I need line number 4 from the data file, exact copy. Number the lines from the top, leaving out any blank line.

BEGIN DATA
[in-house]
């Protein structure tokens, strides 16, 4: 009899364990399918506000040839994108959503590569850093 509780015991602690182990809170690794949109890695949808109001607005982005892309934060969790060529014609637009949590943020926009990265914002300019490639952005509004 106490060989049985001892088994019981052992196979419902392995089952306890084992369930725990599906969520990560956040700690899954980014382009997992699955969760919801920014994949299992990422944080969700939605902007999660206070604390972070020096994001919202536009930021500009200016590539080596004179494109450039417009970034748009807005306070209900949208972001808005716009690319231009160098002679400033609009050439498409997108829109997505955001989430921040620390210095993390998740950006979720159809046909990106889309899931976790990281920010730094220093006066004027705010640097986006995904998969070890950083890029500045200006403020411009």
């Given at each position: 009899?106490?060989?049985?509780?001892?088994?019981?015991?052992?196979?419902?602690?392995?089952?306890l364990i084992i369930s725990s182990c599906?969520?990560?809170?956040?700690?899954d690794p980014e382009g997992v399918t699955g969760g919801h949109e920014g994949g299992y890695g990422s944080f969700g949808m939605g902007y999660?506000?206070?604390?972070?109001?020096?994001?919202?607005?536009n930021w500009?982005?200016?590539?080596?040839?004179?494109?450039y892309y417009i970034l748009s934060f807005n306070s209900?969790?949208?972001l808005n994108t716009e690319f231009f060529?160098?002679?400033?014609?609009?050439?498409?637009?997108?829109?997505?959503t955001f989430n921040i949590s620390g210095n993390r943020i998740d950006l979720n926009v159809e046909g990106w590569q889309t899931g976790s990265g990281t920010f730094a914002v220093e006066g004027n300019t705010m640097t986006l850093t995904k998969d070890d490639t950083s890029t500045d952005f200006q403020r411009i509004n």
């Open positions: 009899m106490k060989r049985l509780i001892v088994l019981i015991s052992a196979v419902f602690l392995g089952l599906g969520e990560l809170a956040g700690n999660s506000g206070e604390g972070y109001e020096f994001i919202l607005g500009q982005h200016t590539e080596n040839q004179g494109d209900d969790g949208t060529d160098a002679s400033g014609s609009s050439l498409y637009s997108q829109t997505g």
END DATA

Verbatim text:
């Open positions: 009899m106490k060989r049985l509780i001892v088994l019981i015991s052992a196979v419902f602690l392995g089952l599906g969520e990560l809170a956040g700690n999660s506000g206070e604390g972070y109001e020096f994001i919202l607005g500009q982005h200016t590539e080596n040839q004179g494109d209900d969790g949208t060529d160098a002679s400033g014609s609009s050439l498409y637009s997108q829109t997505g």